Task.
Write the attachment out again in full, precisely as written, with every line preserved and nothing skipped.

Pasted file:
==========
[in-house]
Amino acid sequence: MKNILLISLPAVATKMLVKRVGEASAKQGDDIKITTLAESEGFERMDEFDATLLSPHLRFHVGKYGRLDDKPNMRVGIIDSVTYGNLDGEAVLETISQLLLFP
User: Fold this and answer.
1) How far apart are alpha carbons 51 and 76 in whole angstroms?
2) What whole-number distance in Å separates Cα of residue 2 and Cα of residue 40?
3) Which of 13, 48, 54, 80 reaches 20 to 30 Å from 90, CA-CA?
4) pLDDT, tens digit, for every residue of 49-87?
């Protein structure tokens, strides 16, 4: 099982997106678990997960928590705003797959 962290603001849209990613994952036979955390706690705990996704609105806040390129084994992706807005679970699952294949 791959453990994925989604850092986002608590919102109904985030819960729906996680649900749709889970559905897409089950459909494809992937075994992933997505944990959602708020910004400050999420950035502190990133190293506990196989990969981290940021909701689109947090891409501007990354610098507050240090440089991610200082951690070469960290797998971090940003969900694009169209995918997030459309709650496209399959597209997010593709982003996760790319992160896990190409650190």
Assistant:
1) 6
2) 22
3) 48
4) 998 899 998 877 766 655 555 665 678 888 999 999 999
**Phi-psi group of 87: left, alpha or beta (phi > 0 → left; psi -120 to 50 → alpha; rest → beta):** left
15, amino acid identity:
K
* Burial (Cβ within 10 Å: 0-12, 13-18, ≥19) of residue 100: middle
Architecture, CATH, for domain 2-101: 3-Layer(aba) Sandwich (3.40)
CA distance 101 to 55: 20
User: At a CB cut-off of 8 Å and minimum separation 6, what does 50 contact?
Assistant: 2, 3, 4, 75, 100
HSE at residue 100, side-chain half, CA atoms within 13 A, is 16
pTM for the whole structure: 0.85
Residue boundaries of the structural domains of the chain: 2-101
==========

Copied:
[in-house]
Amino acid sequence: MKNILLISLPAVATKMLVKRVGEASAKQGDDIKITTLAESEGFERMDEFDATLLSPHLRFHVGKYGRLDDKPNMRVGIIDSVTYGNLDGEAVLETISQLLLFP
User: Fold this and answer.
1) How far apart are alpha carbons 51 and 76 in whole angstroms?
2) What whole-number distance in Å separates Cα of residue 2 and Cα of residue 40?
3) Which of 13, 48, 54, 80 reaches 20 to 30 Å from 90, CA-CA?
4) pLDDT, tens digit, for every residue of 49-87?
């Protein structure tokens, strides 16, 4: 099982997106678990997960928590705003797959 962290603001849209990613994952036979955390706690705990996704609105806040390129084994992706807005679970699952294949 791959453990994925989604850092986002608590919102109904985030819960729906996680649900749709889970559905897409089950459909494809992937075994992933997505944990959602708020910004400050999420950035502190990133190293506990196989990969981290940021909701689109947090891409501007990354610098507050240090440089991610200082951690070469960290797998971090940003969900694009169209995918997030459309709650496209399959597209997010593709982003996760790319992160896990190409650190």
Assistant:
1) 6
2) 22
3) 48
4) 998 899 998 877 766 655 555 665 678 888 999 999 999
**Phi-psi group of 87: left, alpha or beta (phi > 0 → left; psi -120 to 50 → alpha; rest → beta):** left
15, amino acid identity:
K
* Burial (Cβ within 10 Å: 0-12, 13-18, ≥19) of residue 100: middle
Architecture, CATH, for domain 2-101: 3-Layer(aba) Sandwich (3.40)
CA distance 101 to 55: 20
User: At a CB cut-off of 8 Å and minimum separation 6, what does 50 contact?
Assistant: 2, 3, 4, 75, 100
HSE at residue 100, side-chain half, CA atoms within 13 A, is 16
pTM for the whole structure: 0.85
Residue boundaries of the structural domains of the chain: 2-101